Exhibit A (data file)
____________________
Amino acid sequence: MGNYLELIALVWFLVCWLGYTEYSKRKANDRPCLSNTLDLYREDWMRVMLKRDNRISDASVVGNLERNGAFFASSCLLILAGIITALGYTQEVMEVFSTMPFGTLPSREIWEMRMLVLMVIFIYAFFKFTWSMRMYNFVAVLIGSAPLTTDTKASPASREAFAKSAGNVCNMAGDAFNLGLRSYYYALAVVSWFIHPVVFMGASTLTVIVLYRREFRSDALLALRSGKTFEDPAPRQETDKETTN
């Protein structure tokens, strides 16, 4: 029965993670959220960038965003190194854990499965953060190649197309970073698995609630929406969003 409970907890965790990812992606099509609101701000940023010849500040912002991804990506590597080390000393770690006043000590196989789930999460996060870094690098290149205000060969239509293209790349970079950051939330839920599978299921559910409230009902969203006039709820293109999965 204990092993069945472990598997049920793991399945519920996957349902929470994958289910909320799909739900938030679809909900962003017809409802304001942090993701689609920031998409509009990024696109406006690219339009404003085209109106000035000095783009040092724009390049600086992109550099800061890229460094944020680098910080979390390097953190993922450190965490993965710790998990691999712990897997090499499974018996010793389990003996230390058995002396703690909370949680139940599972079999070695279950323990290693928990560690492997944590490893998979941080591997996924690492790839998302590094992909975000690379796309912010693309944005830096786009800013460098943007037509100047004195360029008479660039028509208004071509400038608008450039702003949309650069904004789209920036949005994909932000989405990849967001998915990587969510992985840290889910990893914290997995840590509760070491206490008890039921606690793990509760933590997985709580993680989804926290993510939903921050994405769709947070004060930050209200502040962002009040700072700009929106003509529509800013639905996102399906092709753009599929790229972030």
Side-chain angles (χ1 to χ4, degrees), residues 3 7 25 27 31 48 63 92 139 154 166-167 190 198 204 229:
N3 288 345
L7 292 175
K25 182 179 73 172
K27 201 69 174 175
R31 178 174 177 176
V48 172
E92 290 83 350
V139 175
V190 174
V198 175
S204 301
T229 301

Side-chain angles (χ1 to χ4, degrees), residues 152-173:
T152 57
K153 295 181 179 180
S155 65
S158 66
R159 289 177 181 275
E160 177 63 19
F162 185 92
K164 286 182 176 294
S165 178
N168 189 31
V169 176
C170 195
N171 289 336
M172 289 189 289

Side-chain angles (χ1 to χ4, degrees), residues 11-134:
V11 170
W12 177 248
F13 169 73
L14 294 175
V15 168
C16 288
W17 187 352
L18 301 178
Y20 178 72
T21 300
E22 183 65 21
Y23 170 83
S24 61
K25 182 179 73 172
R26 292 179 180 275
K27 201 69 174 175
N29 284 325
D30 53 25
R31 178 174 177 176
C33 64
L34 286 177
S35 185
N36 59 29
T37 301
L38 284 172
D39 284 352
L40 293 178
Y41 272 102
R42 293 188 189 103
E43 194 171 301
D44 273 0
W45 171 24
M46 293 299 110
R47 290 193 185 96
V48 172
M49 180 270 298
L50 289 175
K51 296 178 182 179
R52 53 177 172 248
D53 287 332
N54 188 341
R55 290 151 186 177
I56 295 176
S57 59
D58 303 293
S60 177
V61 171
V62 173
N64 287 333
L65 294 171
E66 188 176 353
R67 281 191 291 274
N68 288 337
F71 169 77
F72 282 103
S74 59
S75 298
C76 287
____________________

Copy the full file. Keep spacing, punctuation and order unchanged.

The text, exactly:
Amino acid sequence: MGNYLELIALVWFLVCWLGYTEYSKRKANDRPCLSNTLDLYREDWMRVMLKRDNRISDASVVGNLERNGAFFASSCLLILAGIITALGYTQEVMEVFSTMPFGTLPSREIWEMRMLVLMVIFIYAFFKFTWSMRMYNFVAVLIGSAPLTTDTKASPASREAFAKSAGNVCNMAGDAFNLGLRSYYYALAVVSWFIHPVVFMGASTLTVIVLYRREFRSDALLALRSGKTFEDPAPRQETDKETTN
């Protein structure tokens, strides 16, 4: 029965993670959220960038965003190194854990499965953060190649197309970073698995609630929406969003 409970907890965790990812992606099509609101701000940023010849500040912002991804990506590597080390000393770690006043000590196989789930999460996060870094690098290149205000060969239509293209790349970079950051939330839920599978299921559910409230009902969203006039709820293109999965 204990092993069945472990598997049920793991399945519920996957349902929470994958289910909320799909739900938030679809909900962003017809409802304001942090993701689609920031998409509009990024696109406006690219339009404003085209109106000035000095783009040092724009390049600086992109550099800061890229460094944020680098910080979390390097953190993922450190965490993965710790998990691999712990897997090499499974018996010793389990003996230390058995002396703690909370949680139940599972079999070695279950323990290693928990560690492997944590490893998979941080591997996924690492790839998302590094992909975000690379796309912010693309944005830096786009800013460098943007037509100047004195360029008479660039028509208004071509400038608008450039702003949309650069904004789209920036949005994909932000989405990849967001998915990587969510992985840290889910990893914290997995840590509760070491206490008890039921606690793990509760933590997985709580993680989804926290993510939903921050994405769709947070004060930050209200502040962002009040700072700009929106003509529509800013639905996102399906092709753009599929790229972030």
Side-chain angles (χ1 to χ4, degrees), residues 3 7 25 27 31 48 63 92 139 154 166-167 190 198 204 229:
N3 288 345
L7 292 175
K25 182 179 73 172
K27 201 69 174 175
R31 178 174 177 176
V48 172
E92 290 83 350
V139 175
V190 174
V198 175
S204 301
T229 301

Side-chain angles (χ1 to χ4, degrees), residues 152-173:
T152 57
K153 295 181 179 180
S155 65
S158 66
R159 289 177 181 275
E160 177 63 19
F162 185 92
K164 286 182 176 294
S165 178
N168 189 31
V169 176
C170 195
N171 289 336
M172 289 189 289

Side-chain angles (χ1 to χ4, degrees), residues 11-134:
V11 170
W12 177 248
F13 169 73
L14 294 175
V15 168
C16 288
W17 187 352
L18 301 178
Y20 178 72
T21 300
E22 183 65 21
Y23 170 83
S24 61
K25 182 179 73 172
R26 292 179 180 275
K27 201 69 174 175
N29 284 325
D30 53 25
R31 178 174 177 176
C33 64
L34 286 177
S35 185
N36 59 29
T37 301
L38 284 172
D39 284 352
L40 293 178
Y41 272 102
R42 293 188 189 103
E43 194 171 301
D44 273 0
W45 171 24
M46 293 299 110
R47 290 193 185 96
V48 172
M49 180 270 298
L50 289 175
K51 296 178 182 179
R52 53 177 172 248
D53 287 332
N54 188 341
R55 290 151 186 177
I56 295 176
S57 59
D58 303 293
S60 177
V61 171
V62 173
N64 287 333
L65 294 171
E66 188 176 353
R67 281 191 291 274
N68 288 337
F71 169 77
F72 282 103
S74 59
S75 298
C76 287